Farrah Fawcett 1947-2009

farrah

My heart is heavy and my words are clumsy right now so I turn the floor over to a contributing writer, Christian Moralde, who had several personal encounters with Fawcett over the years. I thought his impressions of her would make a fitting tribute.

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I’ve long respected Farrah Fawcett’s work as an actress but only in the last ten years have I really appreciated the person and become aware she was a lot more than the pin-up in the red bathing suit and one of Charlie’s angels.

She was an Emmy, Golden Globe and Independent Spirit Award nominee, worked off-Broadway and held her own against co-stars such as Cicely Tyson, Robert Duvall, Sidney Poitier, Geraldine Page, Kirk Douglas, and Glenn Close. She was actively involved in charity work against domestic violence and served as a board member for the National Advisory Council for the National Domestic Violence Hotline.

First time I met her was in 2002, at a Los Angeles County Museum of Art exhibition of her artwork. I asked Farrah what kept her going and made her a survivor in the industry.

“Always be yourself. Always use yourself,” she said.

The second time I met her was at the 2004 TV Land Awards, where she was being honored and having the time of her life. I asked her backstage if I could take her photo and she flipped her hair playfully in full Farrah mode. At another point, someone asked her to hold up a product (I don’t recall what it was) and have her picture taken with it. This was strictly against the orders of her manager, who was standing nearby. When he wasn’t looking, she grabbed the product and told the person to hurry up and take the picture before her manager turned around. I’ve never forgotten her graciousness, lively spirit, and genuine sense of self.

In 2006, I had the opportunity to talk to the late director, Robert Altman, at an Oscars nominee luncheon about directing Farrah in Dr. T and the Women. His face lit up and his eyes sparkled. “She is lovely, a genuine lady and pleasure to work with.”

A couple of years later, Farrah was invited to speak to the Los Angeles chapter of the Screen Actors Guild about her career, which spanned more than three decades. We chatted afterwards about how she’d managed to have this longevity and she said, “Don’t look at the negative. Always look at the positive.” She must have used those words often during her fight with cancer.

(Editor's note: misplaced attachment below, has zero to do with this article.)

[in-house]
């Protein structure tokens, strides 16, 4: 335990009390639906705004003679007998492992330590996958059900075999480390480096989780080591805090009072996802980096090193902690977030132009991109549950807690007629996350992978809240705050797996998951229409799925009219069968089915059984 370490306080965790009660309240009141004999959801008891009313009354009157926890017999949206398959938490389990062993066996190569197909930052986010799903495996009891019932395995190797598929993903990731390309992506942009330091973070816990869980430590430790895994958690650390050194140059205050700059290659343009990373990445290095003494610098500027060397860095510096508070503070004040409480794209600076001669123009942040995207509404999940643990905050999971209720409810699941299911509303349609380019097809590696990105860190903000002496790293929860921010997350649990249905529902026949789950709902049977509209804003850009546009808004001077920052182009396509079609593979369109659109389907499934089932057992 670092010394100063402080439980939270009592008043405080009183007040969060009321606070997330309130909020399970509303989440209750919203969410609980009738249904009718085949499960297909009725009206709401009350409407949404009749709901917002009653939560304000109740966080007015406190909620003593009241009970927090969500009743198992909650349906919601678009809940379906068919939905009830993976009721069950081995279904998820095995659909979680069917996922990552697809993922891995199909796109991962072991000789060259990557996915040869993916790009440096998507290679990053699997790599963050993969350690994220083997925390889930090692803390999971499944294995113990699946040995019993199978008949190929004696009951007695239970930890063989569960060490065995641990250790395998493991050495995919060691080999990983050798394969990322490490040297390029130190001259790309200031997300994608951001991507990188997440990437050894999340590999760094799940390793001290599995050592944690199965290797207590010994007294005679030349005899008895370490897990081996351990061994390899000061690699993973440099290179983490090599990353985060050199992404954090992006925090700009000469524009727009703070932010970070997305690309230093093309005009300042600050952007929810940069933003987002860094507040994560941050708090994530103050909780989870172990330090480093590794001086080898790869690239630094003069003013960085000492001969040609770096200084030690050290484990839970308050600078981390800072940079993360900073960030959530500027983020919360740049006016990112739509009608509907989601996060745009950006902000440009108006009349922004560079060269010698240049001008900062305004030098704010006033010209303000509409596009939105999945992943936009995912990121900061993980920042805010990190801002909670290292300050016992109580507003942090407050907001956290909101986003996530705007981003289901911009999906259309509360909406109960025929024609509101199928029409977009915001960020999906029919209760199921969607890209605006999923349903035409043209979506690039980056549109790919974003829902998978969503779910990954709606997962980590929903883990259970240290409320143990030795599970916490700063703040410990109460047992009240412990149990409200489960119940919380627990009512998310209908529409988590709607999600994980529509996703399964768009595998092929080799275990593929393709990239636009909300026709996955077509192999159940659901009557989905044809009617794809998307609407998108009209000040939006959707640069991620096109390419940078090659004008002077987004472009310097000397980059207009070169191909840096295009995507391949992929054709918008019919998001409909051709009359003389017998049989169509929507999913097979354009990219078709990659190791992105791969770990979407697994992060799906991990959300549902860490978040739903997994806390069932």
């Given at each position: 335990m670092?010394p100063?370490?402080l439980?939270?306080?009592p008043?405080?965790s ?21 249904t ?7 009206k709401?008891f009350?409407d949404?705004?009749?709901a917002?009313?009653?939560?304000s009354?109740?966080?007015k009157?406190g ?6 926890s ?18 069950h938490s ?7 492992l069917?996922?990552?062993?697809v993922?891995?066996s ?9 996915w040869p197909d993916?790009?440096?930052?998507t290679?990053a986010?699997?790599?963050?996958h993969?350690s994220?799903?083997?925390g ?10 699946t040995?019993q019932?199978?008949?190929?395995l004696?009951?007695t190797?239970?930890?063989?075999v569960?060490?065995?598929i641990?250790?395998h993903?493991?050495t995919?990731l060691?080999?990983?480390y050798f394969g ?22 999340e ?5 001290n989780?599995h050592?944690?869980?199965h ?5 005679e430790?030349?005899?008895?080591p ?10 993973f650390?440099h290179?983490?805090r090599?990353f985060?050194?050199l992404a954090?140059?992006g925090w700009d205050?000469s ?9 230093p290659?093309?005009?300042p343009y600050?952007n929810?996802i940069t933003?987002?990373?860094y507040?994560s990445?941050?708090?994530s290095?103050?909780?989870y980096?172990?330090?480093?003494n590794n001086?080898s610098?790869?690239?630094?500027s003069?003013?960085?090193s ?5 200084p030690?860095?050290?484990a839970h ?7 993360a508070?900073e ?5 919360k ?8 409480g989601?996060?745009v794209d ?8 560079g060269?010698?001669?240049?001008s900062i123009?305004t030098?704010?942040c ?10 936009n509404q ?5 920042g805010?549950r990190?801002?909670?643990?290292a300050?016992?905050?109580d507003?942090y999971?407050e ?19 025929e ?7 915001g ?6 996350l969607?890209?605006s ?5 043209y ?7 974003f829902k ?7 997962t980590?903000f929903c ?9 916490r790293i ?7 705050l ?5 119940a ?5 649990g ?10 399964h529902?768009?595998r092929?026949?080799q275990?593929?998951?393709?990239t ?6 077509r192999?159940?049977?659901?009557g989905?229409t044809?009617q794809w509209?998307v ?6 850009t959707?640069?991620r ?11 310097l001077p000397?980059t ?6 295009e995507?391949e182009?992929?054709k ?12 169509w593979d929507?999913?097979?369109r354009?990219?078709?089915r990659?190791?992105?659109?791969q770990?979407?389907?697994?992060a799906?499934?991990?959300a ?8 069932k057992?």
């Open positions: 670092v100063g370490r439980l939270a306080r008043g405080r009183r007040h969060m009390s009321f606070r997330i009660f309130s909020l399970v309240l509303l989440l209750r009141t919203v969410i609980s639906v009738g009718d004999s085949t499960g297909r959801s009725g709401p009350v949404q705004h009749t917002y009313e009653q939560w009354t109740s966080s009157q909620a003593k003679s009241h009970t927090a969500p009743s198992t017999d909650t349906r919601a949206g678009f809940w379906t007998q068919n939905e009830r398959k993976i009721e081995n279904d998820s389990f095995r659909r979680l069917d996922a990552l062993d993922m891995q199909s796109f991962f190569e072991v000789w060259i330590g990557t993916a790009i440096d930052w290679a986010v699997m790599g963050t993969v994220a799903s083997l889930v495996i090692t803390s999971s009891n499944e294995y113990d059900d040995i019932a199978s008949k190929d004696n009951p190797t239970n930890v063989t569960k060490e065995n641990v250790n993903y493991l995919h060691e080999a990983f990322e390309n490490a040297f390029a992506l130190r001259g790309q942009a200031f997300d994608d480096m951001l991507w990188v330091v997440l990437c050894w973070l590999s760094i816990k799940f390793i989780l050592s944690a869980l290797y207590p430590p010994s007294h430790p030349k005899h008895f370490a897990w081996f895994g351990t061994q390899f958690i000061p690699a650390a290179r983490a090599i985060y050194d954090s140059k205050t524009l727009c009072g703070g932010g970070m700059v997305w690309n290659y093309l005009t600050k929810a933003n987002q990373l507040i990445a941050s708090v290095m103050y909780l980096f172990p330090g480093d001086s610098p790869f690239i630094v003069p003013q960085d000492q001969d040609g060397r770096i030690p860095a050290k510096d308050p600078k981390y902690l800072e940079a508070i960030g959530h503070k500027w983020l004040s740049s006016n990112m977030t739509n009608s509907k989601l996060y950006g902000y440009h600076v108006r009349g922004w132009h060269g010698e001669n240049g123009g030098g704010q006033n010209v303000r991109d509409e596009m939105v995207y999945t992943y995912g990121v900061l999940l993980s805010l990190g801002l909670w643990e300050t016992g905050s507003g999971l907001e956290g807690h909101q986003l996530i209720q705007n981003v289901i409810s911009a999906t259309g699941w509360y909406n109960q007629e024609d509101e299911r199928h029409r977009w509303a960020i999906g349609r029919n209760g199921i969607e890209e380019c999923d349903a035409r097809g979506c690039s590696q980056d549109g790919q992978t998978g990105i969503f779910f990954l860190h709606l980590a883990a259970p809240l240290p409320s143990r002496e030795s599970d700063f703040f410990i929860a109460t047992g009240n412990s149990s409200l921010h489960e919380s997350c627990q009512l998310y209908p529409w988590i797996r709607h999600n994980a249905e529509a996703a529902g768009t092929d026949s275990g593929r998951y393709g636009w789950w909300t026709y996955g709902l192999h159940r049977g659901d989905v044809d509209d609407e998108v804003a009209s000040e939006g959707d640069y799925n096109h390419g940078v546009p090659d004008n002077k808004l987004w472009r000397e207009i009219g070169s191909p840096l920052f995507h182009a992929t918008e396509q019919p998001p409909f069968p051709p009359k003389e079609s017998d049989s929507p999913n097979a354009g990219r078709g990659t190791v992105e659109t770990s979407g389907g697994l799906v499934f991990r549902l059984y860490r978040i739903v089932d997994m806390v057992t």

I don’t want to focus on that final struggle for which she was primarily known these past few years. In writing this, my hope is to acknowledge her spirit and celebrate her life because she was a class act.

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6 responses to “Farrah Fawcett 1947-2009

  1. I think it was too easy to dismiss her talent early on due to her good looks since many in the industry/media saw her that way. Luckily for us, she sought, and gained, respect as an adept actor by branching out in that field, and beyond. She left this world way too early. May she rest in peace.

  2. Farrah Fawcett. What a way to go…..

    I met her a long time ago (1986?) when she checked into a hotel I was working at on Madison Ave in NYC. She pulled up in a powder blue Volkswagen Beetle with a luggage rack on the roof. She stepped out looking like the epitome of All-American girl. Jeans, t-shirt and sneakers. No sunglasses. Very accessible. She didn’t want to valet and asked me to hop in and show her the way to the garage we used. Her laughter felt like sunshine. One of the nicest people I have ever met.

    • popculturenerd

      That’s a cool story, Reader #9, and beautifully expressed. I’ve never met her but have always heard stories like this from people who have.

  3. I’m still crying…

    I can’t believe it. I actually prayed she could live forever.

    But the Angel’s now in Heaven.

  4. What a sad day…
    I remember having loved her a lot in the drama “Extremities”. I was quite young the first time I saw it and totally fell under her spell.
    I will keep the nicest pictures in my memory.

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